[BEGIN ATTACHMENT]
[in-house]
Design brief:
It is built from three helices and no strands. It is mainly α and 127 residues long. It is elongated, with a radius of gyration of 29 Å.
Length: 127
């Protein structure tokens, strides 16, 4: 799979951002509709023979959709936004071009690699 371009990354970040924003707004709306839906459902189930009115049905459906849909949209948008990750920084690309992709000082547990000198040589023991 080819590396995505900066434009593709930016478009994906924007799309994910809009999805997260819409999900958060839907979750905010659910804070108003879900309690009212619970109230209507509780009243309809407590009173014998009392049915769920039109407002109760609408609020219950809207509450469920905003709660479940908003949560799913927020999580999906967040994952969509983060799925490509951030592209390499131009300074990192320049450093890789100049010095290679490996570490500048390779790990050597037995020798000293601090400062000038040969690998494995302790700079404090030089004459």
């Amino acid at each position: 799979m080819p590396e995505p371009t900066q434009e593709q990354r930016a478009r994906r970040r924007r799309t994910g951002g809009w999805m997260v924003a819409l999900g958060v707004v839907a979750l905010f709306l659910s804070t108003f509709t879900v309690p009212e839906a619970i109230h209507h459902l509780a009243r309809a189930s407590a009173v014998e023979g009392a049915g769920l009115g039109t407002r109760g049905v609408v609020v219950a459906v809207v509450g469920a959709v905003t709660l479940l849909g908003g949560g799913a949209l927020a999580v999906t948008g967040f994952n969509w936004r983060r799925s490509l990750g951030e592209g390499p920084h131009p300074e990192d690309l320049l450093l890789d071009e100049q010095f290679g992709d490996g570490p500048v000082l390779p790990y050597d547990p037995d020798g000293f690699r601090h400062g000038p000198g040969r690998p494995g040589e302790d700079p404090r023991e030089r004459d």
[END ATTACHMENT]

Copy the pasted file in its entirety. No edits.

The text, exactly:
[in-house]
Design brief:
It is built from three helices and no strands. It is mainly α and 127 residues long. It is elongated, with a radius of gyration of 29 Å.
Length: 127
């Protein structure tokens, strides 16, 4: 799979951002509709023979959709936004071009690699 371009990354970040924003707004709306839906459902189930009115049905459906849909949209948008990750920084690309992709000082547990000198040589023991 080819590396995505900066434009593709930016478009994906924007799309994910809009999805997260819409999900958060839907979750905010659910804070108003879900309690009212619970109230209507509780009243309809407590009173014998009392049915769920039109407002109760609408609020219950809207509450469920905003709660479940908003949560799913927020999580999906967040994952969509983060799925490509951030592209390499131009300074990192320049450093890789100049010095290679490996570490500048390779790990050597037995020798000293601090400062000038040969690998494995302790700079404090030089004459």
């Amino acid at each position: 799979m080819p590396e995505p371009t900066q434009e593709q990354r930016a478009r994906r970040r924007r799309t994910g951002g809009w999805m997260v924003a819409l999900g958060v707004v839907a979750l905010f709306l659910s804070t108003f509709t879900v309690p009212e839906a619970i109230h209507h459902l509780a009243r309809a189930s407590a009173v014998e023979g009392a049915g769920l009115g039109t407002r109760g049905v609408v609020v219950a459906v809207v509450g469920a959709v905003t709660l479940l849909g908003g949560g799913a949209l927020a999580v999906t948008g967040f994952n969509w936004r983060r799925s490509l990750g951030e592209g390499p920084h131009p300074e990192d690309l320049l450093l890789d071009e100049q010095f290679g992709d490996g570490p500048v000082l390779p790990y050597d547990p037995d020798g000293f690699r601090h400062g000038p000198g040969r690998p494995g040589e302790d700079p404090r023991e030089r004459d």